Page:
Call for Contributions
Submissions from 500 to 9000 words will be considered for publication. In addition to original research essays, Public Culture welcomes submissions of photo-essays and other visual essays, with or without accompanying text; editorials; translations of previously published, groundbreaking essays; interviews with prominent artists and intellectuals; announcements of collective intellectual projects; and short review essays. Authors may also choose to shape their contributions according to the criteria for the following occasional sections:
Arts in Circulation: Reflections and reports on innovative critical cultural work and on the work of art in public. Includes pieces on new kinds of museums; alternative or oral history projects; the expansion of musical performance and recording into forgotten musical histories or the dissemination of a broader range of music; alternative publishing ventures or exhibition practices in film, theater, and dance; innovative cultural work with children; public art such as murals and graffiti; innovative uses of television, radio, or other mass media; and reports on past cultural work.
Sites of Knowledge: Reports and deliberation on institutions that have made a signal mark on a world region. Research centers, journals, publishing ventures, or any other institution of knowledge production and dissemination can be selected for close attention and engagement through interviews with key participants, direct documentation, and critique. How do institutional sites define and engage their publics? How do they position themselves in global networks of knowledge production? What notable qualities and innovations are worth sharing? The aim of this section is to generate an archive of sites of knowledge through a set of informative and critical reflections.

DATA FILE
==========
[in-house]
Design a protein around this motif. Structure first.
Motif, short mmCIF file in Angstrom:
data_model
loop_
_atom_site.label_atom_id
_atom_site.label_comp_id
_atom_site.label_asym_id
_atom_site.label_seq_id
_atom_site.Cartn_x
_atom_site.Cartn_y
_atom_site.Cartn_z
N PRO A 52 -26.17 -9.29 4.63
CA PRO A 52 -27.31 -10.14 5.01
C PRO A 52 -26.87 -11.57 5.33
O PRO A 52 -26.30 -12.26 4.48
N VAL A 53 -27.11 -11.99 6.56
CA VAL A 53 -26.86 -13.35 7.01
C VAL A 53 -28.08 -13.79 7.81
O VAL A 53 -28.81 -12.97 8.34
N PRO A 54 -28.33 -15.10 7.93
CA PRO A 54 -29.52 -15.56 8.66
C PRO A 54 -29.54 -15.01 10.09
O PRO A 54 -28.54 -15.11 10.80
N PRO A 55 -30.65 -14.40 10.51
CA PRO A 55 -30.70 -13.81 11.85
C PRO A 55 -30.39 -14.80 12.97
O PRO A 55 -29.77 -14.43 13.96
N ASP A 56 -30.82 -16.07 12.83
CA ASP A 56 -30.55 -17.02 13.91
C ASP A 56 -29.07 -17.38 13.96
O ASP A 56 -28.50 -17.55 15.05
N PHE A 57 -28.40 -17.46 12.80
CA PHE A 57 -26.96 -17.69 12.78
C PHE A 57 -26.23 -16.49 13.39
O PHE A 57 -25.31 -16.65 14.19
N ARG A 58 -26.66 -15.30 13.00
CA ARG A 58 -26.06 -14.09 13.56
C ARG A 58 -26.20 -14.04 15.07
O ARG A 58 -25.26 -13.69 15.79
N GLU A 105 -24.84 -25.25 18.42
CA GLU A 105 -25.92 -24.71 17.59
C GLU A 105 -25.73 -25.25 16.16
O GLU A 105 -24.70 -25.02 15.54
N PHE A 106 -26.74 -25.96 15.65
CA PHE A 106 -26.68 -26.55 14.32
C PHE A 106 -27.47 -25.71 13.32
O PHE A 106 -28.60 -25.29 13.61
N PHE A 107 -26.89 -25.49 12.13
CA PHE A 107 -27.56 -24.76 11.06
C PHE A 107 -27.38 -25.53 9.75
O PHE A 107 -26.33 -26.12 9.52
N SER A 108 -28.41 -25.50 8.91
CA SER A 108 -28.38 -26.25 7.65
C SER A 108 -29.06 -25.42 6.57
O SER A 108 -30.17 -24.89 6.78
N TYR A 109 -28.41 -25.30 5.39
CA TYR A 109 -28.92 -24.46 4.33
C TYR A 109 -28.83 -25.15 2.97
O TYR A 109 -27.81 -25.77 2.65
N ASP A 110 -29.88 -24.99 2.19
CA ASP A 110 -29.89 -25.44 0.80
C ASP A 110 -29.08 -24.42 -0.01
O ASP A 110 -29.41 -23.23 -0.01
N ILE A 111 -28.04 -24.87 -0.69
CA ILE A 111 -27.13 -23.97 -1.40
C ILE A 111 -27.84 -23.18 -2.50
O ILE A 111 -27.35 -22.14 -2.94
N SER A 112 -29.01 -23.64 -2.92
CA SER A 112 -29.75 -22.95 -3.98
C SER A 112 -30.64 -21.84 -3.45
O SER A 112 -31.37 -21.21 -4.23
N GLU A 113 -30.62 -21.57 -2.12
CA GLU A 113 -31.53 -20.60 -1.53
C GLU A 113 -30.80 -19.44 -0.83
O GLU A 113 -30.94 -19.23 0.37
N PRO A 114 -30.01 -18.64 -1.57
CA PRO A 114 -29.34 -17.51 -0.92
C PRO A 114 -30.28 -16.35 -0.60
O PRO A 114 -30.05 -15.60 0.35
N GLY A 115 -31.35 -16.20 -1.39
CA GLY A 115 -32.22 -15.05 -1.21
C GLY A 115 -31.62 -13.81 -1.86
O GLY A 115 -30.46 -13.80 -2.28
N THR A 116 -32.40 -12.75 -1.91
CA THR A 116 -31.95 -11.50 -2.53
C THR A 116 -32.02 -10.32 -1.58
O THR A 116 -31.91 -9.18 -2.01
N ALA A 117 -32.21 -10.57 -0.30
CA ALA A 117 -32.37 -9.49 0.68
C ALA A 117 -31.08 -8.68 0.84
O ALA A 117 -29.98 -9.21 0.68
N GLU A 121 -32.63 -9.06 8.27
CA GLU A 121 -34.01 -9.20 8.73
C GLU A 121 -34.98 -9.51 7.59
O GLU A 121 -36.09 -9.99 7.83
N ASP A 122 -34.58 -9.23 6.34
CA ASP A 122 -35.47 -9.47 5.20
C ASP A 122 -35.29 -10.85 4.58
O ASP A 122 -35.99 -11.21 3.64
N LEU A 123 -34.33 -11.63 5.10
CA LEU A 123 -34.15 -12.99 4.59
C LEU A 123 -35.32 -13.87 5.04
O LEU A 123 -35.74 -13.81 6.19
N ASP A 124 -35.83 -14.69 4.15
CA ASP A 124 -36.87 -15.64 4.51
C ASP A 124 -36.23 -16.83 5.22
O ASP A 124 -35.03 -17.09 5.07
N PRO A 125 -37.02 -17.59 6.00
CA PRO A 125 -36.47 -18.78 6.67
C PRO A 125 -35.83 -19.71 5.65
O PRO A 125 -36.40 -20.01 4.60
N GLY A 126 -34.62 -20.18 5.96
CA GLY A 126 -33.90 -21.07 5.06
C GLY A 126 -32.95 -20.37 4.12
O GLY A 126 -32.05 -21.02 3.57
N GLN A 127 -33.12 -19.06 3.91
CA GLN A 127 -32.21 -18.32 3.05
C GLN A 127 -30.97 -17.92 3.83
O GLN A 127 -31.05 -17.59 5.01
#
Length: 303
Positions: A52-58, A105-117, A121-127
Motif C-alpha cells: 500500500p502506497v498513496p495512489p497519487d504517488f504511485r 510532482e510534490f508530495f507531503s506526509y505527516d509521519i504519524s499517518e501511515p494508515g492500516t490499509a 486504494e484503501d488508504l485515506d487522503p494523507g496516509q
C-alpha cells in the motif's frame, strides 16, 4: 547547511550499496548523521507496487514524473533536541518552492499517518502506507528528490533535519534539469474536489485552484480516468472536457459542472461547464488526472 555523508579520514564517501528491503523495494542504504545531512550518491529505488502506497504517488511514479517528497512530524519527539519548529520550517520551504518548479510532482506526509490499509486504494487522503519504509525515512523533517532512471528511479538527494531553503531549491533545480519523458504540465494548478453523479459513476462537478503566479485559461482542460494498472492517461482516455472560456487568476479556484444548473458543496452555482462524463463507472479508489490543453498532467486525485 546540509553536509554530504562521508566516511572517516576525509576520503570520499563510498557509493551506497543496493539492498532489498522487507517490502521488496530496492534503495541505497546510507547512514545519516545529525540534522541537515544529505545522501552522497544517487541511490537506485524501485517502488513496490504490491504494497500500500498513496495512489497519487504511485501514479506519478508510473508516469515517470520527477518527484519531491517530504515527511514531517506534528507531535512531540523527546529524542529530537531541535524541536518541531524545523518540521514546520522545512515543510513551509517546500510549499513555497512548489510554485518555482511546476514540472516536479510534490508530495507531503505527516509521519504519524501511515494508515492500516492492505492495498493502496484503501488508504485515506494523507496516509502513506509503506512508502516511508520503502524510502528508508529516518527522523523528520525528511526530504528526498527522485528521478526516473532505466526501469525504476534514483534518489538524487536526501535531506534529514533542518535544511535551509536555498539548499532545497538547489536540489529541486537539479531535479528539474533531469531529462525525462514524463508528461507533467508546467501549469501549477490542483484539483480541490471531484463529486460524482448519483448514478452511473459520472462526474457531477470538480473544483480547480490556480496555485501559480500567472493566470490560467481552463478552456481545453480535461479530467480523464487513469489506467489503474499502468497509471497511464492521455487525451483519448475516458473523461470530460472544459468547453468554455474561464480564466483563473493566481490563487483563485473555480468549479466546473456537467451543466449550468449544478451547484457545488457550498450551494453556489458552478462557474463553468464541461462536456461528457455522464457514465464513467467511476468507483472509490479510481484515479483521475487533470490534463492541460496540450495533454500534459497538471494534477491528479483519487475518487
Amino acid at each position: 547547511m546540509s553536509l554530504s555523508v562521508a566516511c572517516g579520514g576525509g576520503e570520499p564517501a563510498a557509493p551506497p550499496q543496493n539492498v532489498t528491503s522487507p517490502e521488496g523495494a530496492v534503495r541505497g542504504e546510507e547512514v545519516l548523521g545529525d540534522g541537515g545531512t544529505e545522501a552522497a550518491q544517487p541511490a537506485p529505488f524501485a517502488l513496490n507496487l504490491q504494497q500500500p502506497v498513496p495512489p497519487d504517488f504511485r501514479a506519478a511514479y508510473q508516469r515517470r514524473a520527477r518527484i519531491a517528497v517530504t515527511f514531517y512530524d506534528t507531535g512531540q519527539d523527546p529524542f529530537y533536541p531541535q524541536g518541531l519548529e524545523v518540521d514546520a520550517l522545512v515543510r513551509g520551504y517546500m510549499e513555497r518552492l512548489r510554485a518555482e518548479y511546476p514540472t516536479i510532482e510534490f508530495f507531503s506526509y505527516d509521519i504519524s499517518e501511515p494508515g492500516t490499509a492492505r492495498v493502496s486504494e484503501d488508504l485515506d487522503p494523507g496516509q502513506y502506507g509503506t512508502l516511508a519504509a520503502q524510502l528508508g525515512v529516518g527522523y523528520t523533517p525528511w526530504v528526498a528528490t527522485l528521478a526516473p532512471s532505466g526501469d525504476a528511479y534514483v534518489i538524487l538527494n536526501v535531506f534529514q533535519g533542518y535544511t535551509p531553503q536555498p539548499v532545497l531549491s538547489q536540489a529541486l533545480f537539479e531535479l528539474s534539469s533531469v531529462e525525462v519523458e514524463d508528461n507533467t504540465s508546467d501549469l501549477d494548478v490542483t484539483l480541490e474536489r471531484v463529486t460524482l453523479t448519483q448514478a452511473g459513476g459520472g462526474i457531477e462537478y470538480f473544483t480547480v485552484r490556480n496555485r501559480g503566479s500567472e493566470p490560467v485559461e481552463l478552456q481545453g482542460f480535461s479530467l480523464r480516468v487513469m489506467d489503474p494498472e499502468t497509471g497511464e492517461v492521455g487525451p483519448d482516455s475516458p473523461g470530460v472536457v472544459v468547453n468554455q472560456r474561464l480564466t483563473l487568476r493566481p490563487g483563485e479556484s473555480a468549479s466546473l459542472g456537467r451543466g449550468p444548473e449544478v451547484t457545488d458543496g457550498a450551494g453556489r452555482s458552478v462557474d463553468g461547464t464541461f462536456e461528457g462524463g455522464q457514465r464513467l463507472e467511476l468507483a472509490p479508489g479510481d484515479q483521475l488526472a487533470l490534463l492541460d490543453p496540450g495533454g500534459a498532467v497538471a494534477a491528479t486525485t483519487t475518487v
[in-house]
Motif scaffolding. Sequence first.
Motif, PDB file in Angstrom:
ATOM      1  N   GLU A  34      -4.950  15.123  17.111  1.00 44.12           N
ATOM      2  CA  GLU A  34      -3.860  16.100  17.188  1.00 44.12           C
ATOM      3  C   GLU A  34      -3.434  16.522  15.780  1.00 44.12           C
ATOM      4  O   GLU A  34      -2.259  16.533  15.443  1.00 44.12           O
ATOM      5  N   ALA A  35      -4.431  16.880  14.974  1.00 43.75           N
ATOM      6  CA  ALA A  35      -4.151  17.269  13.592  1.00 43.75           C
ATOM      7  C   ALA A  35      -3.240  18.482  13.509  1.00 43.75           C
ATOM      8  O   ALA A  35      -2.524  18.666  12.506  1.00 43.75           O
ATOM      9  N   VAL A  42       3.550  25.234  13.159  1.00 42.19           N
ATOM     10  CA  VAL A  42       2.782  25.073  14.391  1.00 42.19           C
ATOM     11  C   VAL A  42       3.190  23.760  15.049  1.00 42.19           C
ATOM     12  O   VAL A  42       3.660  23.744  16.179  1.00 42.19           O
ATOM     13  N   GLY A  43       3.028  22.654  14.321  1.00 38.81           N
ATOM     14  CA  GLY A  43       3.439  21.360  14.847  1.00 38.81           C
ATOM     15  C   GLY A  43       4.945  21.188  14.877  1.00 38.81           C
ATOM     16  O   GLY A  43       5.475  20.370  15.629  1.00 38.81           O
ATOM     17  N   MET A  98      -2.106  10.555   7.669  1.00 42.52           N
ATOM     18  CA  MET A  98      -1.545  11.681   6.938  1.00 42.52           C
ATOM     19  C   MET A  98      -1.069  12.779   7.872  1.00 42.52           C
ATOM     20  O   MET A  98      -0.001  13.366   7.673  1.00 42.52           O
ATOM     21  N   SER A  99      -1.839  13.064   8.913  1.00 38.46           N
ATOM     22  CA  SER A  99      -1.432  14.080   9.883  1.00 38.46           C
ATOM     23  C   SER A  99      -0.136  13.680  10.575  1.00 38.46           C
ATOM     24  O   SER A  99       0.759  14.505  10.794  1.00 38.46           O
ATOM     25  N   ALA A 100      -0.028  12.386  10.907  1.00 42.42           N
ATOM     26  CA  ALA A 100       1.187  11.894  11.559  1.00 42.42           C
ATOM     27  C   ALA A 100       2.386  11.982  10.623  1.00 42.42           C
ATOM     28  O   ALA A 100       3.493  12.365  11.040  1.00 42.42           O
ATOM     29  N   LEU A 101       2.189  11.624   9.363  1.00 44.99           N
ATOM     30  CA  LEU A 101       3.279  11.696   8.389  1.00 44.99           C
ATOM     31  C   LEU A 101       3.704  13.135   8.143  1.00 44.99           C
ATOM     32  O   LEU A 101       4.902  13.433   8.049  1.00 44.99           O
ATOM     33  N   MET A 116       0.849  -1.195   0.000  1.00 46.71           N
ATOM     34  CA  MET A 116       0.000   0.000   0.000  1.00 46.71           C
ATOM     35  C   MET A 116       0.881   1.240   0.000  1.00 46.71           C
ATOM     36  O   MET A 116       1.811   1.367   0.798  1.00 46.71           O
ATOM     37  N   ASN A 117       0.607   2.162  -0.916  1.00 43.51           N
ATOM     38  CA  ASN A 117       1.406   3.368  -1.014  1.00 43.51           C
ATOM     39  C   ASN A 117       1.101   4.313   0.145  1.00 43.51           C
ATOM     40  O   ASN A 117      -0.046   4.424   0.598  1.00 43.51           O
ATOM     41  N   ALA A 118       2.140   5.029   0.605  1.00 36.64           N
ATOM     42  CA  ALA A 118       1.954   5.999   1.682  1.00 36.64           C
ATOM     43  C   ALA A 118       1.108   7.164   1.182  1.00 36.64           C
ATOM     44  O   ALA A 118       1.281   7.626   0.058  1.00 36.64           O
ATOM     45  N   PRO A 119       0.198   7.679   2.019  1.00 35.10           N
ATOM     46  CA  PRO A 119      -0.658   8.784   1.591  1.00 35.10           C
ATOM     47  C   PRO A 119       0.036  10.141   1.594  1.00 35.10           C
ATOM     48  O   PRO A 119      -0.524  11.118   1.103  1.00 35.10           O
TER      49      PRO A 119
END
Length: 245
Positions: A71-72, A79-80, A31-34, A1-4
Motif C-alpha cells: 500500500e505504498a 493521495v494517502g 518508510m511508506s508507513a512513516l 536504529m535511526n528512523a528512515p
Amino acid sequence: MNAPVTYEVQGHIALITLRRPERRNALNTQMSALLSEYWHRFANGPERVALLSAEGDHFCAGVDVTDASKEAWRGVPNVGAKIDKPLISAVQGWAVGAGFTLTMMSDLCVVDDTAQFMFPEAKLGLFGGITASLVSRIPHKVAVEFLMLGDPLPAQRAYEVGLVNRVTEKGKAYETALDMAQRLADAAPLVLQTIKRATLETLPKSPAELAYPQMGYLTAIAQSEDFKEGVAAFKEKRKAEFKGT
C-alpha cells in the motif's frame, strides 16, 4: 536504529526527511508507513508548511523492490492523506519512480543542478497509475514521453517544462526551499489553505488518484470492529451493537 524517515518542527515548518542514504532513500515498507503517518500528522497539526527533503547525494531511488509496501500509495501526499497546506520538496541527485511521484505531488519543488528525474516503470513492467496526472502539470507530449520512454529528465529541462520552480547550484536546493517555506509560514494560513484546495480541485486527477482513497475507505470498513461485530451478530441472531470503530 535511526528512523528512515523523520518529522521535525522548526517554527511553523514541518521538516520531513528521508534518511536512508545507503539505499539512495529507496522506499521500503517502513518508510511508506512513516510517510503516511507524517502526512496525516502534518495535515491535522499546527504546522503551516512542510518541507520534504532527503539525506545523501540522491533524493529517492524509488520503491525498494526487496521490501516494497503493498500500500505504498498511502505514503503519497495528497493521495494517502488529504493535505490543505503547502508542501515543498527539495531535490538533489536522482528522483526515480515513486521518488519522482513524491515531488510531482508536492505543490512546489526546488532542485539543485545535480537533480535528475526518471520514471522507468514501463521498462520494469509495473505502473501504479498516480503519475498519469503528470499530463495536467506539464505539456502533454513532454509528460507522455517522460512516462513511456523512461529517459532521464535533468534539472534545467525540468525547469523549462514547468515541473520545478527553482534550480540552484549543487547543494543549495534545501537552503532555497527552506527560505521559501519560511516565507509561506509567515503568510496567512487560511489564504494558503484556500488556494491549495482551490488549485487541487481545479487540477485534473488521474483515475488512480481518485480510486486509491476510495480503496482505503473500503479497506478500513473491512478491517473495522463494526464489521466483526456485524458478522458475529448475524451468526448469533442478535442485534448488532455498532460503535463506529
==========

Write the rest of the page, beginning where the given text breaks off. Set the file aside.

Etymologies: Investigates the contemporary uses and meanings of the terms public, publicity, and public opinion. Short essays (of approximately six to eight pages) that consider the semantics and pragmatics of one or more of these interrelated terms in the context of a particular language and a particular people are welcome. How do these terms compare across cultures and languages? Do their meanings "translate," and what do their "mistranslations" bode for comparative social theory grounded in what may be hidden ontological statements about civil society?
Miscellany: A collection of various artifacts, especially news clippings, literary extracts, postcards, and images. Includes media accounts of items relevant to public discourse and debate throughout the world. The section seeks to highlight not only the reported phenomena as such but also the nature of journalistic mediation. Submissions should include all relevant facts of publication and should be no longer than three pages.
From the Field: Briefly annotated single photographs for inclusion as a photo feature at the end of the issue. Submissions are not limited by style or content.